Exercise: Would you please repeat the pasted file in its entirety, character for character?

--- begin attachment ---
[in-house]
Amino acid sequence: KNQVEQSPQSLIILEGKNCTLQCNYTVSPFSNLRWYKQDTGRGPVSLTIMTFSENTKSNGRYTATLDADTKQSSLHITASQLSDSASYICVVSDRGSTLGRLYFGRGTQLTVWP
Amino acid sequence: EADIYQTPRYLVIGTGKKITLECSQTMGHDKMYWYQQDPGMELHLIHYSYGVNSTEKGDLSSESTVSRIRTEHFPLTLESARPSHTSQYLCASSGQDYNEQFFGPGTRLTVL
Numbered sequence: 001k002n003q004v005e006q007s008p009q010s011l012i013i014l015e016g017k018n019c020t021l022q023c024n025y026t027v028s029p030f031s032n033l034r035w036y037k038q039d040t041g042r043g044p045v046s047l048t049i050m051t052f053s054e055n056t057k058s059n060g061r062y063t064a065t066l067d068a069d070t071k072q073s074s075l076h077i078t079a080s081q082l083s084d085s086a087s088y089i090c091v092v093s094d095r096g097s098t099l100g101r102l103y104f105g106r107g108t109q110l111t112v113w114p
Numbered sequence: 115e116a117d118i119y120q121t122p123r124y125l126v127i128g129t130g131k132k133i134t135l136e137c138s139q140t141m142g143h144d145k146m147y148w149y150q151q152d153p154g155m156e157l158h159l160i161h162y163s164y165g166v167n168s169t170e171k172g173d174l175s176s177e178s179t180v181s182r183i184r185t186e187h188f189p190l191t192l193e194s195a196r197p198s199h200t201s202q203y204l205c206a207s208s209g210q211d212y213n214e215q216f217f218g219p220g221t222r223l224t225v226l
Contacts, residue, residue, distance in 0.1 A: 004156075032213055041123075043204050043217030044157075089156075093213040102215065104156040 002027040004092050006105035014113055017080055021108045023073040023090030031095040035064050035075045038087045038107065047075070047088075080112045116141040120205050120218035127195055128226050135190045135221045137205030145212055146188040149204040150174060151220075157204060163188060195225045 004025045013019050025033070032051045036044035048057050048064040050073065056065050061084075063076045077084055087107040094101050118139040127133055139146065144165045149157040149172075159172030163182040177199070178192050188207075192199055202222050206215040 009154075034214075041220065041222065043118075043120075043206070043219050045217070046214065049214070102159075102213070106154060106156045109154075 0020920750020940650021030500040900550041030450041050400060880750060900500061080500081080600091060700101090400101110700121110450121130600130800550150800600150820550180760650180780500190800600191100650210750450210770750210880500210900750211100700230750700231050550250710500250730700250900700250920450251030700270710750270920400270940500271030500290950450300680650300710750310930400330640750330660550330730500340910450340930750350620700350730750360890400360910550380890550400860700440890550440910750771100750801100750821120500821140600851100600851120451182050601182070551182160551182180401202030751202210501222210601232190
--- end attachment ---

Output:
[in-house]
Amino acid sequence: KNQVEQSPQSLIILEGKNCTLQCNYTVSPFSNLRWYKQDTGRGPVSLTIMTFSENTKSNGRYTATLDADTKQSSLHITASQLSDSASYICVVSDRGSTLGRLYFGRGTQLTVWP
Amino acid sequence: EADIYQTPRYLVIGTGKKITLECSQTMGHDKMYWYQQDPGMELHLIHYSYGVNSTEKGDLSSESTVSRIRTEHFPLTLESARPSHTSQYLCASSGQDYNEQFFGPGTRLTVL
Numbered sequence: 001k002n003q004v005e006q007s008p009q010s011l012i013i014l015e016g017k018n019c020t021l022q023c024n025y026t027v028s029p030f031s032n033l034r035w036y037k038q039d040t041g042r043g044p045v046s047l048t049i050m051t052f053s054e055n056t057k058s059n060g061r062y063t064a065t066l067d068a069d070t071k072q073s074s075l076h077i078t079a080s081q082l083s084d085s086a087s088y089i090c091v092v093s094d095r096g097s098t099l100g101r102l103y104f105g106r107g108t109q110l111t112v113w114p
Numbered sequence: 115e116a117d118i119y120q121t122p123r124y125l126v127i128g129t130g131k132k133i134t135l136e137c138s139q140t141m142g143h144d145k146m147y148w149y150q151q152d153p154g155m156e157l158h159l160i161h162y163s164y165g166v167n168s169t170e171k172g173d174l175s176s177e178s179t180v181s182r183i184r185t186e187h188f189p190l191t192l193e194s195a196r197p198s199h200t201s202q203y204l205c206a207s208s209g210q211d212y213n214e215q216f217f218g219p220g221t222r223l224t225v226l
Contacts, residue, residue, distance in 0.1 A: 004156075032213055041123075043204050043217030044157075089156075093213040102215065104156040 002027040004092050006105035014113055017080055021108045023073040023090030031095040035064050035075045038087045038107065047075070047088075080112045116141040120205050120218035127195055128226050135190045135221045137205030145212055146188040149204040150174060151220075157204060163188060195225045 004025045013019050025033070032051045036044035048057050048064040050073065056065050061084075063076045077084055087107040094101050118139040127133055139146065144165045149157040149172075159172030163182040177199070178192050188207075192199055202222050206215040 009154075034214075041220065041222065043118075043120075043206070043219050045217070046214065049214070102159075102213070106154060106156045109154075 0020920750020940650021030500040900550041030450041050400060880750060900500061080500081080600091060700101090400101110700121110450121130600130800550150800600150820550180760650180780500190800600191100650210750450210770750210880500210900750211100700230750700231050550250710500250730700250900700250920450251030700270710750270920400270940500271030500290950450300680650300710750310930400330640750330660550330730500340910450340930750350620700350730750360890400360910550380890550400860700440890550440910750771100750801100750821120500821140600851100600851120451182050601182070551182160551182180401202030751202210501222210601232190